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Cannabis Edibles will be notably absent from cannabis offerings after legalization on Wednesday

Part of Cannabis and your health

Come Wednesday, you will be able to go into your local pot store (or online) and choose from a wide selection of dried cannabis products, oils and seeds.

The stores, whether government-run or licensed private retailers, have been circumspect about exactly what strains they will sell and at what price, but all will be revealed in a few days.

What we do know, however, is that there will be one glaring absence from that list of products on offer: Edibles.

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There will be no THC-infused gummies, cookies, chocolate bars, energy drinks, beer and so on until October, 2019.

This will be a great disappointment to consumers, many of whom would prefer a smoke-free high.

The lack of edibles is also a frustration for those who use cannabis for medicinal purposes. While CBD-infused oils are already popular, there is a large appetite for sprays, powders and other ways of delivering the drug.

The lack of edibles on the legal Canadian market will also leave pot entrepreneurs champing at the bit because edibles are the fastest-growing part of the burgeoning cannabis market.

In parts of the United States where it’s legal, more than half the market is already non-smoked forms of cannabis.

The good news – if you want to put it that way – is that all manner of illegal edibles are readily available online.

Just as dispensaries – which are technically illegal – have operated openly for a number of years, there are dozens of online retailers openly selling a dizzying array of products.

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You can buy everything from gummy bears containing 10 milligrams of THC a bear to breakfast cereal bars with a staggering 100 mg of THC, not to mention ganja-infused tinctures, syrups, even barbecue sauce.

From a public-health perspective, it would have made sense to legalize edible forms of cannabis before smokable forms because the health risks are lesser. (The harms of smoking come from combustion, not from the stimulants, whether nicotine or THC.)

But the real harm of cannabis has come from its criminalization: Having a record is a lot worse for one’s health than smoking weed.

Eliminating the risk and cost of criminal prosecution is the principal justification for legalization.

Practically, people get busted for smoking pot because they are given away by the smell. Very few people get arrested for chewing cannabis gummies.

So, legalizing dried cannabis and oils first makes sense.

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The other reason for legalization is to undercut the black market. Yet, as legalization day approaches, the black market for edibles is booming.

That can be seen as legislative failure, but it’s more of a hiccup.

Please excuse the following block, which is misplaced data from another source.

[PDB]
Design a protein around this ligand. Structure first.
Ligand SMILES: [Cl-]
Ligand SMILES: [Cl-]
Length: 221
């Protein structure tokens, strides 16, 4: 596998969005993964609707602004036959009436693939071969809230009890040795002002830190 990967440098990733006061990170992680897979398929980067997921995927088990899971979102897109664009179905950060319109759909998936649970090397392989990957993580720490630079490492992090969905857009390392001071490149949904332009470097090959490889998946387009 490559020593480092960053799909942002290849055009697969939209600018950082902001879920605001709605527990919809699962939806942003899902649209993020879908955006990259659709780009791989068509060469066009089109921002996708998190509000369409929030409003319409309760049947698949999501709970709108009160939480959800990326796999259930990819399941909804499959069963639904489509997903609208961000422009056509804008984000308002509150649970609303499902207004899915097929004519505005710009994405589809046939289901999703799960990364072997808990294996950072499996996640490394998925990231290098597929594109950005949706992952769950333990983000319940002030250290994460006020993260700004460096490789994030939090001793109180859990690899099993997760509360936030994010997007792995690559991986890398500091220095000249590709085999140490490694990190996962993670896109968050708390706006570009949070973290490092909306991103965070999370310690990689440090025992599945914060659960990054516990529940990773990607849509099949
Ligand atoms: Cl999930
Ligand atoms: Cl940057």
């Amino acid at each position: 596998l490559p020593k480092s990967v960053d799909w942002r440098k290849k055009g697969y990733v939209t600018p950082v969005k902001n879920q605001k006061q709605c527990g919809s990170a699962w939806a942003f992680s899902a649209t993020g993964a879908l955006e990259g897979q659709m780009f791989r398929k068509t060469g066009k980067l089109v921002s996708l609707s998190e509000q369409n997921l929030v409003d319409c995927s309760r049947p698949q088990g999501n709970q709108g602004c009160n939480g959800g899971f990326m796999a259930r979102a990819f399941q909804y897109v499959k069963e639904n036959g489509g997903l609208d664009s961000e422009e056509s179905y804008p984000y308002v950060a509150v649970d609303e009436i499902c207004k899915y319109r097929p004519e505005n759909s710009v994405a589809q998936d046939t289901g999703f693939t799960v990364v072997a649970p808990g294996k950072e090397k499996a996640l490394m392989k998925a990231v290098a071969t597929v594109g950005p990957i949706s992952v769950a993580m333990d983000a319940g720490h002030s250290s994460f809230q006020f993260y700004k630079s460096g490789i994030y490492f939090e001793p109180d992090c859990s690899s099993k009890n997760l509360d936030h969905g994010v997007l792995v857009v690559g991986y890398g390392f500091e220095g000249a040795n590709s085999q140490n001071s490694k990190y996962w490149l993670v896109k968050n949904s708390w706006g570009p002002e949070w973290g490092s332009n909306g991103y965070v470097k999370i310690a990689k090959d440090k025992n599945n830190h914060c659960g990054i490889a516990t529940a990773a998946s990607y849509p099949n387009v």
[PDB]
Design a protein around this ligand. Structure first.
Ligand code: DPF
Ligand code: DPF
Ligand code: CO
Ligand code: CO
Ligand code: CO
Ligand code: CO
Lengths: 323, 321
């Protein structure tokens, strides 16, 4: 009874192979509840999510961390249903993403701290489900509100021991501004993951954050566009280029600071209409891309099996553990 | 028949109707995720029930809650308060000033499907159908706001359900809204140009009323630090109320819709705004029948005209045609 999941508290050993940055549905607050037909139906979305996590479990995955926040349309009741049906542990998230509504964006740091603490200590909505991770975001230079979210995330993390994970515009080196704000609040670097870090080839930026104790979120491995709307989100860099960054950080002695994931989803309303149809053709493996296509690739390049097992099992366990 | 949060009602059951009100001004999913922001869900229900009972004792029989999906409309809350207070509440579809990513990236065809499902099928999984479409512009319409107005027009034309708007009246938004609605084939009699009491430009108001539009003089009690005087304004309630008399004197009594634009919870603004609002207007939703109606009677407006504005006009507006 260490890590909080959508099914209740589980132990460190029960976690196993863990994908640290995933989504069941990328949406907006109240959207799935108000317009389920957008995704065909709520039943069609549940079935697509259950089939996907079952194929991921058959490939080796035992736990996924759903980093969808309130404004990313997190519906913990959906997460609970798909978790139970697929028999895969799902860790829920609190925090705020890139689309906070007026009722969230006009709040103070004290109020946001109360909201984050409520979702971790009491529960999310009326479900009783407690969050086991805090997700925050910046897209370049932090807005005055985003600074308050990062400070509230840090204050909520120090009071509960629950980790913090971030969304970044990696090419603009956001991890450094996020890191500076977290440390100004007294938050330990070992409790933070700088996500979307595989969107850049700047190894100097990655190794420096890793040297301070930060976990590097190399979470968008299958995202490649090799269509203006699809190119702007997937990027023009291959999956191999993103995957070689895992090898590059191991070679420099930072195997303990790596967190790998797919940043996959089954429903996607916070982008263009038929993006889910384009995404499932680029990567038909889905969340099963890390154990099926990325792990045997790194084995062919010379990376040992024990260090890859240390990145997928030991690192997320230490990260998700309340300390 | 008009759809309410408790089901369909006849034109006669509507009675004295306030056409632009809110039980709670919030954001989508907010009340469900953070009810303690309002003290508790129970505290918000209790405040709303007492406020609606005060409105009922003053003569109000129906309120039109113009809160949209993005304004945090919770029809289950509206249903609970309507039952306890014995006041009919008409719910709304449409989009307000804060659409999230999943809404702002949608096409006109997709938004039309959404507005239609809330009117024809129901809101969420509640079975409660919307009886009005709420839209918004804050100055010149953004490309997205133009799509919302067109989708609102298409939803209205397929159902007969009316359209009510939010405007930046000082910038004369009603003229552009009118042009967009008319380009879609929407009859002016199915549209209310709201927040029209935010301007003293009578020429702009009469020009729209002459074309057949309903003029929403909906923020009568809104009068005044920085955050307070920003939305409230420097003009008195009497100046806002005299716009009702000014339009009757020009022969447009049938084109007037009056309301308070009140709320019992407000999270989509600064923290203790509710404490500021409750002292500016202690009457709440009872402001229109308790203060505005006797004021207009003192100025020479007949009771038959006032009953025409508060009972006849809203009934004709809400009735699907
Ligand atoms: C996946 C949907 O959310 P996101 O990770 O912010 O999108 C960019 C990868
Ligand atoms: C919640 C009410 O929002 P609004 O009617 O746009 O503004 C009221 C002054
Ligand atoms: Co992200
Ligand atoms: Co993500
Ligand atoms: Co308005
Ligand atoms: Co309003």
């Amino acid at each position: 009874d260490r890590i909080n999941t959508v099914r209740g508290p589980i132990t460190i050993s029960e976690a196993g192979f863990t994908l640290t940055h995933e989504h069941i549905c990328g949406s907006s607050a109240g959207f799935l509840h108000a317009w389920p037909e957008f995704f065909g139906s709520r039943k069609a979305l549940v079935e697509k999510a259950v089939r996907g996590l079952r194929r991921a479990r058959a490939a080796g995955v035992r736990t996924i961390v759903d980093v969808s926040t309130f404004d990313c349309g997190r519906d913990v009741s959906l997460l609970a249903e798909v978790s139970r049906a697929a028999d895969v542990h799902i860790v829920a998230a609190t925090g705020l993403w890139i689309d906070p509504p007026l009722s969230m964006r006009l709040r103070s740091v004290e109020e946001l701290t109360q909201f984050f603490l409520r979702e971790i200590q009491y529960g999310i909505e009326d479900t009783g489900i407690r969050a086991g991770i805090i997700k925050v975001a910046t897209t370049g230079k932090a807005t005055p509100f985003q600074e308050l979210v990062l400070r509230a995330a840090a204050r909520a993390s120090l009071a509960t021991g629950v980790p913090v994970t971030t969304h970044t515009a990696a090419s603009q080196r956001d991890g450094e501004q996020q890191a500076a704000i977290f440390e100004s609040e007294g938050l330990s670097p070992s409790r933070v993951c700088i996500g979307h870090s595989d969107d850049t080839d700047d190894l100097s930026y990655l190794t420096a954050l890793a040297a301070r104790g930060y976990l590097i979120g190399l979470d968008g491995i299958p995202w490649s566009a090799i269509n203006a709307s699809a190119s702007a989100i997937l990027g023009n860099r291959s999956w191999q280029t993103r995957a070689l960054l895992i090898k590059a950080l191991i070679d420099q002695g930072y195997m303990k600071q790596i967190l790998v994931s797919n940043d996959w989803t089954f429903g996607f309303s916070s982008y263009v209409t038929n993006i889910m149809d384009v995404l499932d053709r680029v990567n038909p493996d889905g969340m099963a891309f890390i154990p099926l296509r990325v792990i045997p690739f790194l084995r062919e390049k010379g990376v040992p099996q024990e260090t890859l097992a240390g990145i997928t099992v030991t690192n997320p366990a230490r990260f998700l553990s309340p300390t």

The government has made a conscious decision to legalize cannabis in stages. Preparing for legalization of smokable/vapable forms of cannabis has been a massive undertaking, with more twists and turns than anyone probably imagined.

At this point, the decision to hold off legalizing edibles, however maddening, looks prudent.

In jurisdictions that have legalized recreational cannabis, almost all the problems they encountered – medically and politically – were caused by edibles.

Colorado, for example, saw a huge spike in poisonings, including in children. Edibles tend to look like candy, so kids eat them if they are lying around.

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Dosage is tricky: A brownie can contain 10 mg or 100 mg of THC and it will look and taste the same, but have dramatically different effects. Then there is the novelty factor – “Hey, I can get stoned eating a cookie!” – which tends to attract people who have never smoked cannabis, and who overdo it.

This is made worse by the fact that, when cannabis is consumed orally, there is a delayed onset of “symptoms.” A smoking high typically lasts about an hour, with the peak at 10 minutes after consumption. With edibles, it can take up to two hours to feel high, and it will last longer.

Clearly, a fair bit of education is also required before edibles hit the market officially.

Regulators also have a lot of work ahead of them in the year to come.

There are issues of quality control, dosage, portion sizes, packaging and, an almost endless number of potential products.

What we can learn from other jurisdictions is that childproof packaging is a must (just as it is for dried cannabis), and so is good labelling.

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That takes time to get right.

In the meantime, consumers can bear in mind that it’s perfectly legal to make their own hash brownies and pot cookies.

Just be sure to take it one bite at a time.

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